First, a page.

Many Americans at high risk from flu not vaccinated

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One in 10 Americans report difficulty involving shortages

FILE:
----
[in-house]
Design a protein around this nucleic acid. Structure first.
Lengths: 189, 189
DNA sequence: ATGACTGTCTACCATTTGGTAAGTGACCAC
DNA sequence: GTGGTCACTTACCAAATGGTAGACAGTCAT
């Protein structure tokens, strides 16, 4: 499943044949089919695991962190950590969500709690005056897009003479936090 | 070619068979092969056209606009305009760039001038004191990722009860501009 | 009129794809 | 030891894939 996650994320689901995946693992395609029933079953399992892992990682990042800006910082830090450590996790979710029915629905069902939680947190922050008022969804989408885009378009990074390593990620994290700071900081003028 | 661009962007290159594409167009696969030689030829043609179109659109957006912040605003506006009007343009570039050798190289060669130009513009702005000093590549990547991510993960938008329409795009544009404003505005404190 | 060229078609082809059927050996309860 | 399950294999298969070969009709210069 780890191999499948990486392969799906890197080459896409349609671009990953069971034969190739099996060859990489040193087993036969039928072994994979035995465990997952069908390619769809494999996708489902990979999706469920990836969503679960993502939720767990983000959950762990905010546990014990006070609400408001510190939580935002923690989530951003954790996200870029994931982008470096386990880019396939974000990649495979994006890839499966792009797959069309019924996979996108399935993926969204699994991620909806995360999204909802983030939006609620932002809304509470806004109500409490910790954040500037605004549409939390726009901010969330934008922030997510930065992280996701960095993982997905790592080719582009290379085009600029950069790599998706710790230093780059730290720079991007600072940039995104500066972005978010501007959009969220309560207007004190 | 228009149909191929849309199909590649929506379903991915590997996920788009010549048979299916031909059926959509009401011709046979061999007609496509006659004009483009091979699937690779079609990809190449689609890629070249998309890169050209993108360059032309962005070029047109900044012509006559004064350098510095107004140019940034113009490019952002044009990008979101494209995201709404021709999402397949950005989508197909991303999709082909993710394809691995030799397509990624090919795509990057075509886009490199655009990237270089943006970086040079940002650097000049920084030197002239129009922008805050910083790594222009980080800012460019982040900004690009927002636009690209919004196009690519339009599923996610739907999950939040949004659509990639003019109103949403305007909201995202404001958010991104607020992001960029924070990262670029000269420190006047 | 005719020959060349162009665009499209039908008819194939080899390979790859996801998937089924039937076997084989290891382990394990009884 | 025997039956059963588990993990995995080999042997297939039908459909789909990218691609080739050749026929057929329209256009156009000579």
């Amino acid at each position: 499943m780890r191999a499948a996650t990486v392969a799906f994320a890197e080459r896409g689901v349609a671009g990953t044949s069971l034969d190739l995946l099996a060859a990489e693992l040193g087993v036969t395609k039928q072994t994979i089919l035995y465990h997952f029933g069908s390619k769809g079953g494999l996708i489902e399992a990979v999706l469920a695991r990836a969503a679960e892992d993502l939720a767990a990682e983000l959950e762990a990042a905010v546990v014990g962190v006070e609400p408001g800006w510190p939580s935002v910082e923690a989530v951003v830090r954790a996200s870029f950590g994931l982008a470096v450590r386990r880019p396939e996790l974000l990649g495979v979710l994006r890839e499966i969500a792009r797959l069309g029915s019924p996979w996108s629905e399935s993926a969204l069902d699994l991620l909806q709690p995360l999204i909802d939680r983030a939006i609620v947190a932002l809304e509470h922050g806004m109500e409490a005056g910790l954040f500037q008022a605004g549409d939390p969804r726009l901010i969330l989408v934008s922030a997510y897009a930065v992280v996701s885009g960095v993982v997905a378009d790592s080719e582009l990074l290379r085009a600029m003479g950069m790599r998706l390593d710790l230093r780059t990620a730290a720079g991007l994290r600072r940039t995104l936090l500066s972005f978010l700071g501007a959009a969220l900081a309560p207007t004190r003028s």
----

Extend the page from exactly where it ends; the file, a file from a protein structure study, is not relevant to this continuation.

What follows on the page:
The Centers for Disease Control and Prevention highly recommends the flu vaccine for certain high-risk groups including people with chronic illnesses, children between the ages of six and 23 months, and people aged 65 and over. A national poll conducted by the Harvard School of Public Health Project on the Public and Biological Security found in December 2003 that nearly half (47%) of people with chronic illnesses had not had a flu vaccination in the past three months. In addition, more than three-fourths (78%) of parents reported that their children ages six to 23 months had not received a flu vaccine. This was the case even though the vaccine recommendation for these young children was widely known by Americans (74%). One in 10 Americans (10%) reported that they had not gotten a flu vaccine due at least in part to shortages. About one-third of these people (3% of the public) still planned to get vaccinated in the next three months, but two-thirds (7%) do not. The study was designed and analyzed by researchers at the Harvard School of Public Health.